While some courts have concluded that the court has not been divested of statutory habeas corpus jurisdiction by certain other statutory provisions, see Felker v. Turpin, 518 U.S. 651, 135 L. Ed. 2d 827, 116 S. Ct. 2333, 2337-38 (1996) (Antiterrorism and Effective Death Penalty Act (AEDPA)); Yesil v. Reno, 958 F. Supp. 828, 837-38 (S.D.N.Y. 1997) (AEDPA); Mojica v. Reno, 970 F. Supp. 130 (E.D.N.Y. 1997) (AEDPA), those cases were not interpreting the aforesaid amendment which specifically mandates that result, and where no inference of repeal by implication is or can be an issue. That conclusion is further supported by the fact that the amended statute expressly preserves habeas corpus jurisdiction in certain specified situations. Thus, the statute provides habeas corpus jurisdiction with respect to certain determinations made by immigration officers in asylum interviews and hearings. Compare 8 U.S.C. § 1252(g) (Supp. II 1996) (addressing "exclusive jurisdiction" of federal courts with respect to the execution of removal orders) with 8 U.S.C. § 1252(e)(2) (Supp. II 1996) (addressing habeas corpus proceedings with respect to the judicial review of orders under section 1225(b)(1) of the INA).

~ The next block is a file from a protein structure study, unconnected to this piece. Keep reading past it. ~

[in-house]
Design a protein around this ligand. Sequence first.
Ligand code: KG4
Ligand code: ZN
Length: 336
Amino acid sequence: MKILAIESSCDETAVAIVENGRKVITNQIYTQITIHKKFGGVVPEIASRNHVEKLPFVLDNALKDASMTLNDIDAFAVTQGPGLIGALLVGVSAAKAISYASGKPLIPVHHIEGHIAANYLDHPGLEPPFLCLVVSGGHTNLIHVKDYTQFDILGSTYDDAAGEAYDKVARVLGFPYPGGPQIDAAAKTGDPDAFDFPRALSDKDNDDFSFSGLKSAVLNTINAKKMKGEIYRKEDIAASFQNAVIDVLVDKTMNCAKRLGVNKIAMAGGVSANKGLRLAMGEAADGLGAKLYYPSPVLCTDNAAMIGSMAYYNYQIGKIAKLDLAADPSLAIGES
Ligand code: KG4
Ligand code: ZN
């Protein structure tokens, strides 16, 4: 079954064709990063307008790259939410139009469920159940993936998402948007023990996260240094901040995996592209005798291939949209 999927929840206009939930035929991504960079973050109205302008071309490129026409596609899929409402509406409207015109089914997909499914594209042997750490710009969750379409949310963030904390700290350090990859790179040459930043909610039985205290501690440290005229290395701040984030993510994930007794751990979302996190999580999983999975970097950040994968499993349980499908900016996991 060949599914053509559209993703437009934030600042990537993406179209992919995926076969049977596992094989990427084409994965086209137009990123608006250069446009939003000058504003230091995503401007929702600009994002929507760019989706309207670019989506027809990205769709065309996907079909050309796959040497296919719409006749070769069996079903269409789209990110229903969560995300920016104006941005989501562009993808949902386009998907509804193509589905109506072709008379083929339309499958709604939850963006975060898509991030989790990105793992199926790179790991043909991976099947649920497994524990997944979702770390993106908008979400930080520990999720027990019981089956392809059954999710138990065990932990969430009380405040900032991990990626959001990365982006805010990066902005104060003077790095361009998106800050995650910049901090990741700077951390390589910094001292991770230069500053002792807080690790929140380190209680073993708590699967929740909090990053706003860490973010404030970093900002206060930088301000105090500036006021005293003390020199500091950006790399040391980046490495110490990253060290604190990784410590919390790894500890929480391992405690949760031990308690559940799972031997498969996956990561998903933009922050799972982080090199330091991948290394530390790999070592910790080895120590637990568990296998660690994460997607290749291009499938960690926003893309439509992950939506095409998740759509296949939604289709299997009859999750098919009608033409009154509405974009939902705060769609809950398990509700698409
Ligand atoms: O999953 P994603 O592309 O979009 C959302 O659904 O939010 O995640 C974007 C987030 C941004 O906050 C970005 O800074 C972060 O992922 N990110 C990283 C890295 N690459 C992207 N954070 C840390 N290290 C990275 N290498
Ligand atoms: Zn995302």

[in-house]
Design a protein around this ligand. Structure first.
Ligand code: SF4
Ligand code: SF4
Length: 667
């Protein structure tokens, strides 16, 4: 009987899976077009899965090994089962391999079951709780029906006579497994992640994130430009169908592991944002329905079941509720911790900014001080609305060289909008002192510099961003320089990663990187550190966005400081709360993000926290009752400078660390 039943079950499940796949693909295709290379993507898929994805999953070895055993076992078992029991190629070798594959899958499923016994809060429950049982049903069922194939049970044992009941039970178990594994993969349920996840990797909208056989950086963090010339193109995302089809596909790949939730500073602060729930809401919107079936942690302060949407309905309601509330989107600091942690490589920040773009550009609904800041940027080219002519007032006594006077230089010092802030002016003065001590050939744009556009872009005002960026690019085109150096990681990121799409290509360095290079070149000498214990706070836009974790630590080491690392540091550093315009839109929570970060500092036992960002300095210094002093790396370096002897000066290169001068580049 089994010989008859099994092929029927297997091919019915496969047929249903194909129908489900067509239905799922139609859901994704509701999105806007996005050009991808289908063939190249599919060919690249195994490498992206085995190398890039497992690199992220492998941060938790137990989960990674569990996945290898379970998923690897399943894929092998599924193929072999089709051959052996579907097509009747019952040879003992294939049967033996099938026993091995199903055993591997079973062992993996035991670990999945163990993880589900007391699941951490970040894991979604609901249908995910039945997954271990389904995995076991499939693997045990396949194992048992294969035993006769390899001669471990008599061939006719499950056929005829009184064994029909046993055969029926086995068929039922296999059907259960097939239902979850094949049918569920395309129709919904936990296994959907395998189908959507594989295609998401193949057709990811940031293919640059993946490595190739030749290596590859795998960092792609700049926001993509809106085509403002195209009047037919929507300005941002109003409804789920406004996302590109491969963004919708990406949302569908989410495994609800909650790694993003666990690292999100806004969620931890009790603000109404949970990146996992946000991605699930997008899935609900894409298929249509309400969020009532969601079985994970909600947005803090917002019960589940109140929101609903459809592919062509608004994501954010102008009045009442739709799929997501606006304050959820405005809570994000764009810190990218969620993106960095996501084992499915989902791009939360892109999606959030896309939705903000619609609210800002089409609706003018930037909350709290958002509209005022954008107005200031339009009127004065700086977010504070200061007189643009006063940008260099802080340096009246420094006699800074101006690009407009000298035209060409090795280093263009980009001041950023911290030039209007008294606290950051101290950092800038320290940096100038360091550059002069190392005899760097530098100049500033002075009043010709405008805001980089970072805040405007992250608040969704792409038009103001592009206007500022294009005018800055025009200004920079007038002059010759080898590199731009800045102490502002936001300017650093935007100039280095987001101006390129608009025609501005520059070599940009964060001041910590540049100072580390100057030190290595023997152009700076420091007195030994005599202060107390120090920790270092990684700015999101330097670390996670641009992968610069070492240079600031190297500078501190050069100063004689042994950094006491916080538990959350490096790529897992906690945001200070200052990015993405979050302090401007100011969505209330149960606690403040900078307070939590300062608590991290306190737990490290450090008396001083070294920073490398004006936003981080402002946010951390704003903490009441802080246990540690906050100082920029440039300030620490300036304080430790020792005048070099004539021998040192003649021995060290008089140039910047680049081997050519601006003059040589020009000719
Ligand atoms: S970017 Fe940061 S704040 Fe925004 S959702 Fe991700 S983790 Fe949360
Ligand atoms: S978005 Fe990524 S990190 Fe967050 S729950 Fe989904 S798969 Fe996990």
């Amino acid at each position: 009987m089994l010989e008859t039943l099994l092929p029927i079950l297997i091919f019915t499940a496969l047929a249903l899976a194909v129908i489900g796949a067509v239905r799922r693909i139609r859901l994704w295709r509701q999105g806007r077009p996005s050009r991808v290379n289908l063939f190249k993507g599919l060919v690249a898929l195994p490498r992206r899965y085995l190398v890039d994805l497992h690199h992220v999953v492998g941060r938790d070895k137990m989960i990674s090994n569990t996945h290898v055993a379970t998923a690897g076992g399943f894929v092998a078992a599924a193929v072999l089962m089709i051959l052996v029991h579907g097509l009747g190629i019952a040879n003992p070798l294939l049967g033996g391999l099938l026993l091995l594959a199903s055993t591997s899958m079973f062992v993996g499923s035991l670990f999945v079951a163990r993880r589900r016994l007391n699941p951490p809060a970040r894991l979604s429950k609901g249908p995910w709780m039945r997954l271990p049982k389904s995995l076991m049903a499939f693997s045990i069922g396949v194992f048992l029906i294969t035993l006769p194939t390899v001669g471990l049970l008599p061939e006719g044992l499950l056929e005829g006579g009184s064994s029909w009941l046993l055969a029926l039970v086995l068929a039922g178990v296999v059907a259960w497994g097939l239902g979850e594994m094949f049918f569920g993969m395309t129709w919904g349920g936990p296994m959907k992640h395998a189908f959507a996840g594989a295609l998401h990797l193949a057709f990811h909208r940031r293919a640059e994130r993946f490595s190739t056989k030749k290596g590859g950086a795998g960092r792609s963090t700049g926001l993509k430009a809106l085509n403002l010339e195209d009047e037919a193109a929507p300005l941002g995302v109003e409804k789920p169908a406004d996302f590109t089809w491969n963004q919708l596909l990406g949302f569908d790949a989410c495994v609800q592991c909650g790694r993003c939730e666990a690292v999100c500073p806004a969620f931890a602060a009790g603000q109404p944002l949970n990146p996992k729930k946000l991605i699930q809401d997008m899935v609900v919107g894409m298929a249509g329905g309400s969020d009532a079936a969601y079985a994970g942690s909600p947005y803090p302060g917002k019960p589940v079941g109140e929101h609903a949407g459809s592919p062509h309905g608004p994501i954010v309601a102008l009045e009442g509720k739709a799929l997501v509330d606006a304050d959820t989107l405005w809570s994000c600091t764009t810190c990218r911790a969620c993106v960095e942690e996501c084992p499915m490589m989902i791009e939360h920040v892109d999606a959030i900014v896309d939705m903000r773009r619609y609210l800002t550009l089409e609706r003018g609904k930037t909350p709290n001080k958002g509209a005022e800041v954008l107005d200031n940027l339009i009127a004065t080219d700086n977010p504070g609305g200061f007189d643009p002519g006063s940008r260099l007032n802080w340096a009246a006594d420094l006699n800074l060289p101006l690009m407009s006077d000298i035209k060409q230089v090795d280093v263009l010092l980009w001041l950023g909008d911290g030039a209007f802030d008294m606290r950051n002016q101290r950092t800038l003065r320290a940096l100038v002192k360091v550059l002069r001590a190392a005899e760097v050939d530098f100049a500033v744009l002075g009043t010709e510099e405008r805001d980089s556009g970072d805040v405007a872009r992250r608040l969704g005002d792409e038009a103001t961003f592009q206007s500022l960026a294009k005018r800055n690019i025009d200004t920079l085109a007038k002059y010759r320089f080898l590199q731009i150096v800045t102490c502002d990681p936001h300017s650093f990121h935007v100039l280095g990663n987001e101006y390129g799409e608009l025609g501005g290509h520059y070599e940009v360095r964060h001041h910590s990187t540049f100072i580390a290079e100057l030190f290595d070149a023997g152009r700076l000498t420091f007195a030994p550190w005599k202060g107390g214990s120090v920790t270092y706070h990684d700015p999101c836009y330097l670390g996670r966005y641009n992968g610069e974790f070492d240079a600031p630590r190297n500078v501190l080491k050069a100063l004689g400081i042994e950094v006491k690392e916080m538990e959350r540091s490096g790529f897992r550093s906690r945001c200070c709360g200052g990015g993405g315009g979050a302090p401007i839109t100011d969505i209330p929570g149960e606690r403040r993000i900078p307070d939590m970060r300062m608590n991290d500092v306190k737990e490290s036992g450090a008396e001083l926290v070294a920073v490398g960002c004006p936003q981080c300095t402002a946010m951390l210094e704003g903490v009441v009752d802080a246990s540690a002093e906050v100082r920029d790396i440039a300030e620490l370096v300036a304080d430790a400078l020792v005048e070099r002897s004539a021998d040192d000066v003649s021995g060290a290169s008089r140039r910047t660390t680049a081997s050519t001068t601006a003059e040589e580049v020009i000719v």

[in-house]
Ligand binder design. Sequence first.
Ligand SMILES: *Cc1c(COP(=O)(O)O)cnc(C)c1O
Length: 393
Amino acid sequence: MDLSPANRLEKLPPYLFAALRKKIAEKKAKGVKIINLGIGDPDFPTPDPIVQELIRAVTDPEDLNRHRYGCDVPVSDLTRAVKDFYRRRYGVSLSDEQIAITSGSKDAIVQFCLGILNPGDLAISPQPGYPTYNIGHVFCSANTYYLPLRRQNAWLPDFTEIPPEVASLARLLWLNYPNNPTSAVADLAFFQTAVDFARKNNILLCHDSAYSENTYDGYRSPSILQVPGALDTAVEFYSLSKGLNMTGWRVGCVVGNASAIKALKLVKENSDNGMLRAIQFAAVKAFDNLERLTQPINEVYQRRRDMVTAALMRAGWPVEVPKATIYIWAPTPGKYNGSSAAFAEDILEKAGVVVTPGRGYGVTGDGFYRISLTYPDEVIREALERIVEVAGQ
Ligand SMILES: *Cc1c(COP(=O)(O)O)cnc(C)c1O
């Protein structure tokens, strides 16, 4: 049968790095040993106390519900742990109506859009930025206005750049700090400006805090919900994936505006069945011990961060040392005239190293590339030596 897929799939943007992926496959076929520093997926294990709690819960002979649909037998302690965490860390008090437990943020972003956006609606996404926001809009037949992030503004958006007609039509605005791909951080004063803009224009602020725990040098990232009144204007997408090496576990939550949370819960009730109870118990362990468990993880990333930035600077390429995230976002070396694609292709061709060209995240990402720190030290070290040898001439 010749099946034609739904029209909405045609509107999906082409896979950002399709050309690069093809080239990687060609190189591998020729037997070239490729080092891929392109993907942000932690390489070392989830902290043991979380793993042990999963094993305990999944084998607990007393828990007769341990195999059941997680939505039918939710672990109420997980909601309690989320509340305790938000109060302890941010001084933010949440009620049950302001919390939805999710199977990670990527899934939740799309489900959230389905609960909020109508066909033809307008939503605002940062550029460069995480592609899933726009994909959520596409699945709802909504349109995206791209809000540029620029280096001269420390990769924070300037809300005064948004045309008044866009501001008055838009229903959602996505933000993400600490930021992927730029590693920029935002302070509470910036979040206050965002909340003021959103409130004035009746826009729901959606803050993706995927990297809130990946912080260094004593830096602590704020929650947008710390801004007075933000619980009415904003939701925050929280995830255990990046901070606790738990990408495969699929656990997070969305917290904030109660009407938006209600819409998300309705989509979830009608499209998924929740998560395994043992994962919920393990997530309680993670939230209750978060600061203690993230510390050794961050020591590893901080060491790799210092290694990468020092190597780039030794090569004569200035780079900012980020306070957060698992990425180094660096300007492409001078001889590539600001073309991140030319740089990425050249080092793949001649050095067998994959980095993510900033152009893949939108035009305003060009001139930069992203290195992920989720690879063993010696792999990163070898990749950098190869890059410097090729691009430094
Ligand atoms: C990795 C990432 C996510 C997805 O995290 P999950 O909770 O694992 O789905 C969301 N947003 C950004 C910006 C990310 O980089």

In any event, even if the Court had either constitutional or statutory jurisdiction to review the merits of petitioner's claim, that claim must be denied on the merits. As a convicted aggravated felony offender, petitioner is clearly not eligible to adjust his status under 8 U.S.C. § 1252(a)(2)(C). See 8 U.S.C. § 1252(a)(2)(C) (Supp. II 1996) ("No Court shall have jurisdiction to review any final order of removal against an alien who is removable by reason of having committed a criminal offense covered in section 1182(a)(2) . . .").
Therefore, relator's detention is neither unlawful nor unconstitutional.
For the foregoing reasons, Morgan's petition must be dismissed. The Clerk of Court shall ...